6. Place your top piece right side up on top of the piece of batting.  Pin in place so it doesn’t move around too much while you’re quilting the top.  Move to your machine and quilt as desired.  I simply stitched horizontal lines on mine to emphasize the stripes – and for level of ease! – but it would be beautiful stitched with a more free-form design as well.  If you desire to stitch horizontal lines as I did, here’s what I did:  (1) Use a ruler to line up the edges between each strip of fabric in the center block (i.e., the ditch), and make small marks at the ends of your fabric so you know where to start and where to leave off quilting.  No worries – the marks will be hidden in the hem after you’re all done!  (2)  Simply start at each mark and guide the fabric toward each ditch, and stitch along the ditch for each piece.  The lines along the top and bottom are a little trickier – you just have to eyeball it, or else mark your fabric.  I didn’t worry too much about making mine look even – I think a little variation gives it character.
  7. Once you’ve finished quilting the top, you’re ready to make the back pieces.  For the back pieces, take the final measurements of your finished top piece.  The width measurement for the back piece will be the same as the width of the top piece.  For the height of the back piece, add 3 inches to the measurement of the height of the top piece and round up to the nearest inch (for example, 19.5 would round up to 20″).  Cut one piece of solid white fabric with these measurements, halve the height measurement of the back piece, and make your cut there (you basically just cut the back piece in half).  So, using the above numbers, each back piece would measure the width of your front by 10″ height (mine measured 17.5″ x 10″).
  8. On one long end of each back piece, fold a hem of 1/4″ and press into place.  Fold over again and press to create an enclosed hem.  Stitch into place.  Repeat with second piece; press both.
  9. Trim the batting on your top piece to the size of the top.  Pin the two back pieces to the top piece, right sides facing and with the envelope seamed parts overlapping in the middle.  Stitch all the way around with a 1/2″ seam allowance.  Make sure to back stitch a few times over the envelope opening on each side to reinforce it.  I usually back stitch at the corners too, just to have a little extra backup.
  10. Trim your corners if needed to help them lay right – but be careful not to cut your stitches!  Remove the pins and turn the cover back to its right side showing.  Press the outside, insert your pillow and voila!  You’re done!  Now wasn’t that fun?  Thanks for sewing with me!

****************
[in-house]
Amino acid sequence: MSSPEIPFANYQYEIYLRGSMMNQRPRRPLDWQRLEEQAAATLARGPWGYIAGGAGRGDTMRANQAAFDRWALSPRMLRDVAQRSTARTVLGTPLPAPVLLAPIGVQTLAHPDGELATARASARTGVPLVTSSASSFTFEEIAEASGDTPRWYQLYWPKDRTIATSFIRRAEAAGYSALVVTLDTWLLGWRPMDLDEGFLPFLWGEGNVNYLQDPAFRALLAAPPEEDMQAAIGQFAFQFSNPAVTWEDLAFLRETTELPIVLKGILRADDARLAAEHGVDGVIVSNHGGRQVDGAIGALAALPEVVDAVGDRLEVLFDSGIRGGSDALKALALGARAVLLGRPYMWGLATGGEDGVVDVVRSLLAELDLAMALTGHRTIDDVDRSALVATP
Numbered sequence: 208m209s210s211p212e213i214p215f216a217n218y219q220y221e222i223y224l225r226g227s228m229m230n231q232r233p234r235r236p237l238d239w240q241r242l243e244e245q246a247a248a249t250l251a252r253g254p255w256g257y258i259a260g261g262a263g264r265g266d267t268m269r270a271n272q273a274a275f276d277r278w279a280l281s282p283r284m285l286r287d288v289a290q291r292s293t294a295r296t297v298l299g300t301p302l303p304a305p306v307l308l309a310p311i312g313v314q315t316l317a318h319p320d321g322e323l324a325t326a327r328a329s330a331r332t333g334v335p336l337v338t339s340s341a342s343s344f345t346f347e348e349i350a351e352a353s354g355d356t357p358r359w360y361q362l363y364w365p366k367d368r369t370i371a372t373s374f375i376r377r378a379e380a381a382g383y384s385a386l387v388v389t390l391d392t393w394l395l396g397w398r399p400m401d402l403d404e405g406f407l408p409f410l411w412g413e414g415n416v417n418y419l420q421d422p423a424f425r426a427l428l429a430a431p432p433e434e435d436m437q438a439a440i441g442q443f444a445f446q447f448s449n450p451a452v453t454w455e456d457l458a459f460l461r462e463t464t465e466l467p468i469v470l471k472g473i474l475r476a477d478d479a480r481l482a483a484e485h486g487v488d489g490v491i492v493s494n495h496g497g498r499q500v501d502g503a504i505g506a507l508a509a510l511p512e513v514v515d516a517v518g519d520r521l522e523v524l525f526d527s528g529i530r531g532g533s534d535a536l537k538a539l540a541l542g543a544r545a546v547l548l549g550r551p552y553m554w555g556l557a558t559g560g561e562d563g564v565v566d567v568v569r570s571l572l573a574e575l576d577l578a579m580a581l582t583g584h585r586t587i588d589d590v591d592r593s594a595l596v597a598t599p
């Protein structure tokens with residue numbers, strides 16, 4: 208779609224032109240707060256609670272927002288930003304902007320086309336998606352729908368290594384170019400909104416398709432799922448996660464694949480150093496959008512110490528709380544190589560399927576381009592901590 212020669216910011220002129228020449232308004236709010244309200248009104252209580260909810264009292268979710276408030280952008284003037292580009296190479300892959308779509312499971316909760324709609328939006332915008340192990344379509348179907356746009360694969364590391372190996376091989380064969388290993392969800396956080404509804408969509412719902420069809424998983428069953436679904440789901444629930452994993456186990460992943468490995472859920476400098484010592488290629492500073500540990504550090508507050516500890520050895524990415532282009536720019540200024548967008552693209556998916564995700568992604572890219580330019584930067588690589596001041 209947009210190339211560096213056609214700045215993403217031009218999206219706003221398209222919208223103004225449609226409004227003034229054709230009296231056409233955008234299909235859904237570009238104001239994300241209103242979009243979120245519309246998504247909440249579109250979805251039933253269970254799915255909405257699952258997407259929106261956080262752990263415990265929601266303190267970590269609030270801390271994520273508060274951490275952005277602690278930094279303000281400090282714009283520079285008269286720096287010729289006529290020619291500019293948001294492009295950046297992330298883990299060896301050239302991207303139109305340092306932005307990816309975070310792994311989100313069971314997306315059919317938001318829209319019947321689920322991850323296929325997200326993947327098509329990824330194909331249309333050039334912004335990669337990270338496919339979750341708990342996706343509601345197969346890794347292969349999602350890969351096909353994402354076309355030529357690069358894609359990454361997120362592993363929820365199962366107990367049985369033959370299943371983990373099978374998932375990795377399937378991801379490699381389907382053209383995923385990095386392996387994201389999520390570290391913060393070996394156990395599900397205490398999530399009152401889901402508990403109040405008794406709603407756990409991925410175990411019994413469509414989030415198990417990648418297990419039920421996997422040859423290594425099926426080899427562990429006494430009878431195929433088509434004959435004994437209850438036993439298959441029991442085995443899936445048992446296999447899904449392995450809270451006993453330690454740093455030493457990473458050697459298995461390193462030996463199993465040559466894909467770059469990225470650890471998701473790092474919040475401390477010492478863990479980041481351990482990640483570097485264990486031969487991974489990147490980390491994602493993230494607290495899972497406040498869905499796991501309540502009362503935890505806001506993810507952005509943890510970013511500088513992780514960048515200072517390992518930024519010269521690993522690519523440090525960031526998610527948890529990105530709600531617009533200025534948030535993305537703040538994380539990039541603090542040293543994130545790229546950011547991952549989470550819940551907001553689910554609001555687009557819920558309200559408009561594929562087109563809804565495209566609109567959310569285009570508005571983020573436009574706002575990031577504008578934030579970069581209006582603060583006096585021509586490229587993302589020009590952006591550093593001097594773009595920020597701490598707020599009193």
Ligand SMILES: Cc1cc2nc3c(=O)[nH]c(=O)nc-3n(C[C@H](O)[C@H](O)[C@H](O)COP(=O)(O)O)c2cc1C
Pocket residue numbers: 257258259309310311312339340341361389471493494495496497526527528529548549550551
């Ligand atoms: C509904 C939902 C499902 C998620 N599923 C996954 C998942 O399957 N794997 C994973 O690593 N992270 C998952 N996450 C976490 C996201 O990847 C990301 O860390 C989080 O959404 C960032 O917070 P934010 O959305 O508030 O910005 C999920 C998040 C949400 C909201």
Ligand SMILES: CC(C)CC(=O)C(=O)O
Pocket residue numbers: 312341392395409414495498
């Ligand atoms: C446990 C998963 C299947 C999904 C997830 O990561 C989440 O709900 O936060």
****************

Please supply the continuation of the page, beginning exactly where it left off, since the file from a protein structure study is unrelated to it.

Hello hello!

Hi all!  I’ve been plotting and planning my careful entry to the blogosphere this past month, only to discover that I CAN’T WAIT!!!  My goal for peaches+gingham is to share my life with the world – my passions, my pursuits (as my favorite author and storyteller, Jane Austen, would say) and inspire others around me to live their best life possible where it all begins – at home.  Ask anybody who knows me and they will tell you I am a homebody through and through.  I enjoy travelling but usually find I cannot wait to be home again, and I thoroughly enjoy trying to make my home as welcoming and cozy as possible.  It’s a constant work in progress, and I enjoy every minute of it.

I’m starting this blog as a way to share and connect with others, like-minded or not, and as a way to inspire and be inspired. I find much of my inspiration on the net and have become a pretty avid reader of a couple of home decor/inspiration blogs that I particularly enjoy.  You’ll find that I am by no means a decor snob.  I’ve always liked things to look nice without spending a fortune, and I’ll be sharing fun home and craft projects and recipes that I have used to beautify my home without spending an arm and a leg.  I believe every person should feel comfortable in their own space, whatever that may mean for that person.  For some, it is country cottage.  For others, it is minimalist and modern.  For some (like my neat-freak self) it means a clutter-free home (for me, at least, clutter you can’t see; if it’s tucked away in the junk drawer out of sight, I can breathe); for others, if it’s not messy, it’s not cozy!  I encourage you to embrace the person you are, not just in your day-to-day dealings with the world, but in your home too.  As you do, you’ll find your home is a space to relax and just be you.

I look forward to journeying on together – check back often for projects, inspirations, and just plain ol’ good times and fun!  Let me know what inspires you in the comments below, whether in your decorating or in your life in general.  I can’t wait to hear your responses.  Happy decorating!